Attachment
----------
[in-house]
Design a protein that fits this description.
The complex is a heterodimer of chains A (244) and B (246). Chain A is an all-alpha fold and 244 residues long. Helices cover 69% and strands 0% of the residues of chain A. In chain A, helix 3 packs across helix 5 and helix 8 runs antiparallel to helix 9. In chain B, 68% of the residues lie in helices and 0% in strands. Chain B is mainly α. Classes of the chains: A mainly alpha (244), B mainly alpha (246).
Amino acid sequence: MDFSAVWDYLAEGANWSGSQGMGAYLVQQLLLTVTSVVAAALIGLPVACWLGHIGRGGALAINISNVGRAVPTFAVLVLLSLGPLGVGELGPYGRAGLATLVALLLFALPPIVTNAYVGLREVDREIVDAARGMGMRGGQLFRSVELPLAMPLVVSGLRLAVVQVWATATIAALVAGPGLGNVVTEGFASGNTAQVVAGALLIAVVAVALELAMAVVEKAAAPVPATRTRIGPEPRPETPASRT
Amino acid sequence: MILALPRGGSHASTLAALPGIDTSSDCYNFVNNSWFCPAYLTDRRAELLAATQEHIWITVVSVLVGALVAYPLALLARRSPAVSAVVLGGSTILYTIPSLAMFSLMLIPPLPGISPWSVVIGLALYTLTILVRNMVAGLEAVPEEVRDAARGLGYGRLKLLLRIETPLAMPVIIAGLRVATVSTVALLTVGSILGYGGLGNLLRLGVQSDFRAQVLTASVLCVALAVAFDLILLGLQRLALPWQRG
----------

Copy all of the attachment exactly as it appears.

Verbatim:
[in-house]
Design a protein that fits this description.
The complex is a heterodimer of chains A (244) and B (246). Chain A is an all-alpha fold and 244 residues long. Helices cover 69% and strands 0% of the residues of chain A. In chain A, helix 3 packs across helix 5 and helix 8 runs antiparallel to helix 9. In chain B, 68% of the residues lie in helices and 0% in strands. Chain B is mainly α. Classes of the chains: A mainly alpha (244), B mainly alpha (246).
Amino acid sequence: MDFSAVWDYLAEGANWSGSQGMGAYLVQQLLLTVTSVVAAALIGLPVACWLGHIGRGGALAINISNVGRAVPTFAVLVLLSLGPLGVGELGPYGRAGLATLVALLLFALPPIVTNAYVGLREVDREIVDAARGMGMRGGQLFRSVELPLAMPLVVSGLRLAVVQVWATATIAALVAGPGLGNVVTEGFASGNTAQVVAGALLIAVVAVALELAMAVVEKAAAPVPATRTRIGPEPRPETPASRT
Amino acid sequence: MILALPRGGSHASTLAALPGIDTSSDCYNFVNNSWFCPAYLTDRRAELLAATQEHIWITVVSVLVGALVAYPLALLARRSPAVSAVVLGGSTILYTIPSLAMFSLMLIPPLPGISPWSVVIGLALYTLTILVRNMVAGLEAVPEEVRDAARGLGYGRLKLLLRIETPLAMPVIIAGLRVATVSTVALLTVGSILGYGGLGNLLRLGVQSDFRAQVLTASVLCVALAVAFDLILLGLQRLALPWQRG